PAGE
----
I picked up this autobiography with trepidation because the life stories of industrial titans are so often both tedious and dull. I know the genre well. “I sold a pound of tea. Then another pound and so on until I accumulated enough money to make your eyes water.” But Merrill’s story could not be more different.

He doesn’t overplay his humble beginnings (they weren’t, after all, all that humble) and he freely confesses to being a school dropout. As he tentatively felt his way through Colombo’s early-1950s job market with little by way of qualification save a cheerful demeanour and dashing good looks, however, he was blessed with one lucky strike after another. For his part, all he did was stay honest and work hard. Nowhere in this long journey does he paint himself as a hero. If anyone gets the credit it is God. He sees himself as blessed and attributing his success to the people who trusted him and helped him. If there is one word that pervades every page, it is Gratitude. And it is this, I suspect, that makes him a benefactor of so many good causes.

Unlike most successful businessmen, MJF claims little credit for himself. Instead, he acknowledges the generosity of the people who helped him on his journey. Fr. Nicholas Perera, who helped him become an apprentice tea taster under A.G. Mathewson, who considered him as being “the right type” and in turn, recommended him to A.F. Jones. There, a few years into the job, a chance accident led to his taking over leadership of the company. That in turn saw him promoted to the board at the age of just 28. It was he who nudged the company from its Anglocentric focus to develop—with considerable success—new postwar markets in Japan and the USSR. When the Joneses departed Ceylon in 1962, MJF gathered a consortium to buy over the company for the then princely sum of Rs 600,000.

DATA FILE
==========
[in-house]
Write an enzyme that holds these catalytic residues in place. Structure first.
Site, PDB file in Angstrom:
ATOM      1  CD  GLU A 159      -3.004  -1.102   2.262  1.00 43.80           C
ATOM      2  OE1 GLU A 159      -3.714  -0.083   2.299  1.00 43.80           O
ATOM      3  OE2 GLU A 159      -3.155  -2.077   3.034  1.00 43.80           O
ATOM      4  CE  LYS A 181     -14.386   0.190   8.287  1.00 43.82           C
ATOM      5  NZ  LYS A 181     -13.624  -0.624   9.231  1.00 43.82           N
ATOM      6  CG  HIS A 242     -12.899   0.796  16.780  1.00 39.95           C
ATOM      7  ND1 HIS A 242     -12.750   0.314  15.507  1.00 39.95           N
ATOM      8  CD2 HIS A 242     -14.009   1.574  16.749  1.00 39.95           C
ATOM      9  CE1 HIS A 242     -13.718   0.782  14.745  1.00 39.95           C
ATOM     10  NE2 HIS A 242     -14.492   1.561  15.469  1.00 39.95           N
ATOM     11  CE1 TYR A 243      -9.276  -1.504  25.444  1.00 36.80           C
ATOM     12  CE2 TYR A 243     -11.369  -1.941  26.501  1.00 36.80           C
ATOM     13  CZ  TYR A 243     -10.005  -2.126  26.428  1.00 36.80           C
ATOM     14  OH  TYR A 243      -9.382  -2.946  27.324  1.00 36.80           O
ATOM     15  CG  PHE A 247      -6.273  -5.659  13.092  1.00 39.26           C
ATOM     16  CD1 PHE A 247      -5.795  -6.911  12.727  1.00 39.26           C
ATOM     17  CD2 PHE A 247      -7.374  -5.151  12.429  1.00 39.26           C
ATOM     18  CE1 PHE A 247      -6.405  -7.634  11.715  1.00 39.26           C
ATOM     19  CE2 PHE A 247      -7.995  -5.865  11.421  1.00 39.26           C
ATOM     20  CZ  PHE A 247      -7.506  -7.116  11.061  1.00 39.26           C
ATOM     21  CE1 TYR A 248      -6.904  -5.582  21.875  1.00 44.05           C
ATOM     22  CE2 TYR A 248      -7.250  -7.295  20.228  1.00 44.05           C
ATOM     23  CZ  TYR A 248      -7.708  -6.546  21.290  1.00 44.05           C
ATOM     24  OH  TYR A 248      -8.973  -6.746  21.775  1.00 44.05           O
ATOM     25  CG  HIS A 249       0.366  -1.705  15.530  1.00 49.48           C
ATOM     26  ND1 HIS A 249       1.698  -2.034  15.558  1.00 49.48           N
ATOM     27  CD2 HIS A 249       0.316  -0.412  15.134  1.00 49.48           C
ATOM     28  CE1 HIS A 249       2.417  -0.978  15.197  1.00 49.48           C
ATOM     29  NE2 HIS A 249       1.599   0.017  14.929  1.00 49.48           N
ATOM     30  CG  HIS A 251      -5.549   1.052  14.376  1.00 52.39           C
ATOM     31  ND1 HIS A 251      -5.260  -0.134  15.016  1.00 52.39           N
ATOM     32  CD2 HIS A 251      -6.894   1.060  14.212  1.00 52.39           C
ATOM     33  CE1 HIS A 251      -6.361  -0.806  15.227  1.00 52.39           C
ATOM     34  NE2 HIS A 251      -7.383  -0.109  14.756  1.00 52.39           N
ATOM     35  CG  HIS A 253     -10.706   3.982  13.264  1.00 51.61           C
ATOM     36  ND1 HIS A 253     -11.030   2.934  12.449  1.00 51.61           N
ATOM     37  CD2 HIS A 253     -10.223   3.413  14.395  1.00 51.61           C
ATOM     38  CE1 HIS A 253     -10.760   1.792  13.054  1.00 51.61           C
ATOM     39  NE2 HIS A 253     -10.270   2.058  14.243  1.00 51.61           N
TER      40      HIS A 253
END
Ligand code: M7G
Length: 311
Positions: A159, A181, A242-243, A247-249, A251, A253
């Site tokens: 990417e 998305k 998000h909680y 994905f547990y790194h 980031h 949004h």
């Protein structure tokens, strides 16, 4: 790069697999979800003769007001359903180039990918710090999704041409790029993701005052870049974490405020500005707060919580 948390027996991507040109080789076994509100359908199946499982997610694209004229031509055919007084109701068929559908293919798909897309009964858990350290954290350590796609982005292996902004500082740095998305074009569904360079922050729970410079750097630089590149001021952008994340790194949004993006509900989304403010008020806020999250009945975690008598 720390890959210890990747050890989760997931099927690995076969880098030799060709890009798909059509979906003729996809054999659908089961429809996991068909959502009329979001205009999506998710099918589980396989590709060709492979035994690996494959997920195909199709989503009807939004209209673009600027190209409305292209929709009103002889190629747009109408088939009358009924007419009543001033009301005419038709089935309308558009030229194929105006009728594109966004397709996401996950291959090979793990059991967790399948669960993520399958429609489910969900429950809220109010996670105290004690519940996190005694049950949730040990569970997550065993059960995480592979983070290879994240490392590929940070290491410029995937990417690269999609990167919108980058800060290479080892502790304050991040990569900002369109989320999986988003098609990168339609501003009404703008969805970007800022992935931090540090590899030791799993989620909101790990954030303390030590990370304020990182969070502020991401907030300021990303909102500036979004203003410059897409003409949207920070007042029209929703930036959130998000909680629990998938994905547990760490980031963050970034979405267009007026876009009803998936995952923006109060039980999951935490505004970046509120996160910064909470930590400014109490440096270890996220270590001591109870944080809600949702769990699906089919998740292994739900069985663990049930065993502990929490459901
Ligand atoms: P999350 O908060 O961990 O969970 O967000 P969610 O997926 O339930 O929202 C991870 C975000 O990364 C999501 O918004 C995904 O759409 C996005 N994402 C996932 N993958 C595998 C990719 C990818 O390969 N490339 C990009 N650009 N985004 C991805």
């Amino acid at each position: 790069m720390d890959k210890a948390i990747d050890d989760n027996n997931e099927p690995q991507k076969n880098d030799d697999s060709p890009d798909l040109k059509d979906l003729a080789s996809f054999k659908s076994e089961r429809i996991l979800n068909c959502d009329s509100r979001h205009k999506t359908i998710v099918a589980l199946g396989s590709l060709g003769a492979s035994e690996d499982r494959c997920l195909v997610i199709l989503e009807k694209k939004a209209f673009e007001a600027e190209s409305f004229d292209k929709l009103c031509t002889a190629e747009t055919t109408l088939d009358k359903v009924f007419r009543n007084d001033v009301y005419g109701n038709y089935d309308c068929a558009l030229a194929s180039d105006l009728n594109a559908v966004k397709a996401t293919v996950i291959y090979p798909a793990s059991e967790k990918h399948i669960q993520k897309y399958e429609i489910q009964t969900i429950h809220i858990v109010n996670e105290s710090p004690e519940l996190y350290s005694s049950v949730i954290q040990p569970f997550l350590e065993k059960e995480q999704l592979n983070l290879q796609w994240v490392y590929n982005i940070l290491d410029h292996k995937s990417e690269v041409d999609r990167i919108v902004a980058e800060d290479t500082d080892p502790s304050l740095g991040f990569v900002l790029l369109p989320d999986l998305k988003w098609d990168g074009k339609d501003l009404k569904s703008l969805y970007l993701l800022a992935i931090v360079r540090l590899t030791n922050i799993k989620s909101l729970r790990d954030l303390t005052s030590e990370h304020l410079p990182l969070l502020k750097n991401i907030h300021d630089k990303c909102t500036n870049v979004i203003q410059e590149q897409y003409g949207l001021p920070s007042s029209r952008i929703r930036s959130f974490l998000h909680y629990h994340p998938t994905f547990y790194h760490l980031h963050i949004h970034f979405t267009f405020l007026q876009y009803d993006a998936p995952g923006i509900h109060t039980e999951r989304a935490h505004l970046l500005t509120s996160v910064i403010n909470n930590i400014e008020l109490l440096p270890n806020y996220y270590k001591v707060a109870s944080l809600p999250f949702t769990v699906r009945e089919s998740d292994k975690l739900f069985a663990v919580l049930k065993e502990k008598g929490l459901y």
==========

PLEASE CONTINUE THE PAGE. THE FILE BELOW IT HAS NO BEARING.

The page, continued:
Interspersed with accounts of strangers who gave him succour, such as the enigmatic managing director of Grindlays Bank, W.L. Gash, who loaned him large sums of money on trust, are tales of backstabbing and betrayal. Among the villains are the eminent lawyer S. Nadesan, who having befriended Merrill conspired successfully to evict him from A.F. Jones. In rare instances, MJF allows himself a smidgeon of schadenfreude, such as the detractor who having mulcted him for Rs 175 million bought a Ferrari which was wrecked “within a week of purchase.” But these are minor players in a cast replete with characters whose trust, kindness and generosity contributed to his success. It surprised me that many of them, such as S.I. Jafferjee, Noordeen & Shirin Esufally, and Michael & Mavis Booth, came from backgrounds completely different to his own.